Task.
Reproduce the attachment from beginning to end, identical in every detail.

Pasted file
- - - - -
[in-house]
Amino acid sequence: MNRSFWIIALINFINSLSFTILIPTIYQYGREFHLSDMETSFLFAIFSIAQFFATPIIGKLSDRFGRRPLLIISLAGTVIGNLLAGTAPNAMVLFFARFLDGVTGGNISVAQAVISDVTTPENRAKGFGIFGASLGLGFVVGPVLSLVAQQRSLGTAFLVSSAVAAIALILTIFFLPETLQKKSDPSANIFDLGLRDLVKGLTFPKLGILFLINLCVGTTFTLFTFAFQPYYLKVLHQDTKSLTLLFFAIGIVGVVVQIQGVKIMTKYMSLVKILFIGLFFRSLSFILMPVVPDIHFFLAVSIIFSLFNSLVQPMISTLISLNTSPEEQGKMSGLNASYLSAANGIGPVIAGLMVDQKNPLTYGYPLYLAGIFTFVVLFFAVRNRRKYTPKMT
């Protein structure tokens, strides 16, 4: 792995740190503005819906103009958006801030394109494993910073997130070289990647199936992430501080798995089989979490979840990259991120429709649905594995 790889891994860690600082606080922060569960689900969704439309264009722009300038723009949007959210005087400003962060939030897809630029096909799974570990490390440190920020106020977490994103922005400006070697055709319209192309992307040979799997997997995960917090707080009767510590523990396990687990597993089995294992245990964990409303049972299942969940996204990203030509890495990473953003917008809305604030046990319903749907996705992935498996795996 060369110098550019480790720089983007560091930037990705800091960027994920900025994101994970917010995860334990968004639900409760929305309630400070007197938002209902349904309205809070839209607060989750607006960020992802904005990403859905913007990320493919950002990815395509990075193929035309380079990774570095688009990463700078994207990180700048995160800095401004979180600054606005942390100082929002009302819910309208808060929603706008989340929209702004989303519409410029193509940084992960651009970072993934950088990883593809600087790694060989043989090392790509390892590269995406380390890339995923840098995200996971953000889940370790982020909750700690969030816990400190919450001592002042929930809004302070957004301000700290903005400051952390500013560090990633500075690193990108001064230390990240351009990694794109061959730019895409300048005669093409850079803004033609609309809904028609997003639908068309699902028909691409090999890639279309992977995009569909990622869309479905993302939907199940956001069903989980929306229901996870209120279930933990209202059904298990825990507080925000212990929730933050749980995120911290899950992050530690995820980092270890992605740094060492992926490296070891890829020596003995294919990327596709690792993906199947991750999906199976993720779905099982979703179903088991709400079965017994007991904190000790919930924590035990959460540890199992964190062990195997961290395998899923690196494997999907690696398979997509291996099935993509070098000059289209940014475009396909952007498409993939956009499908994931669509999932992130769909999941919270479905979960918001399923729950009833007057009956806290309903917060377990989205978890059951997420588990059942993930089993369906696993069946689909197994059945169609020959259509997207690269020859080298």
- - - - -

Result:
[in-house]
Amino acid sequence: MNRSFWIIALINFINSLSFTILIPTIYQYGREFHLSDMETSFLFAIFSIAQFFATPIIGKLSDRFGRRPLLIISLAGTVIGNLLAGTAPNAMVLFFARFLDGVTGGNISVAQAVISDVTTPENRAKGFGIFGASLGLGFVVGPVLSLVAQQRSLGTAFLVSSAVAAIALILTIFFLPETLQKKSDPSANIFDLGLRDLVKGLTFPKLGILFLINLCVGTTFTLFTFAFQPYYLKVLHQDTKSLTLLFFAIGIVGVVVQIQGVKIMTKYMSLVKILFIGLFFRSLSFILMPVVPDIHFFLAVSIIFSLFNSLVQPMISTLISLNTSPEEQGKMSGLNASYLSAANGIGPVIAGLMVDQKNPLTYGYPLYLAGIFTFVVLFFAVRNRRKYTPKMT
């Protein structure tokens, strides 16, 4: 792995740190503005819906103009958006801030394109494993910073997130070289990647199936992430501080798995089989979490979840990259991120429709649905594995 790889891994860690600082606080922060569960689900969704439309264009722009300038723009949007959210005087400003962060939030897809630029096909799974570990490390440190920020106020977490994103922005400006070697055709319209192309992307040979799997997997995960917090707080009767510590523990396990687990597993089995294992245990964990409303049972299942969940996204990203030509890495990473953003917008809305604030046990319903749907996705992935498996795996 060369110098550019480790720089983007560091930037990705800091960027994920900025994101994970917010995860334990968004639900409760929305309630400070007197938002209902349904309205809070839209607060989750607006960020992802904005990403859905913007990320493919950002990815395509990075193929035309380079990774570095688009990463700078994207990180700048995160800095401004979180600054606005942390100082929002009302819910309208808060929603706008989340929209702004989303519409410029193509940084992960651009970072993934950088990883593809600087790694060989043989090392790509390892590269995406380390890339995923840098995200996971953000889940370790982020909750700690969030816990400190919450001592002042929930809004302070957004301000700290903005400051952390500013560090990633500075690193990108001064230390990240351009990694794109061959730019895409300048005669093409850079803004033609609309809904028609997003639908068309699902028909691409090999890639279309992977995009569909990622869309479905993302939907199940956001069903989980929306229901996870209120279930933990209202059904298990825990507080925000212990929730933050749980995120911290899950992050530690995820980092270890992605740094060492992926490296070891890829020596003995294919990327596709690792993906199947991750999906199976993720779905099982979703179903088991709400079965017994007991904190000790919930924590035990959460540890199992964190062990195997961290395998899923690196494997999907690696398979997509291996099935993509070098000059289209940014475009396909952007498409993939956009499908994931669509999932992130769909999941919270479905979960918001399923729950009833007057009956806290309903917060377990989205978890059951997420588990059942993930089993369906696993069946689909197994059945169609020959259509997207690269020859080298």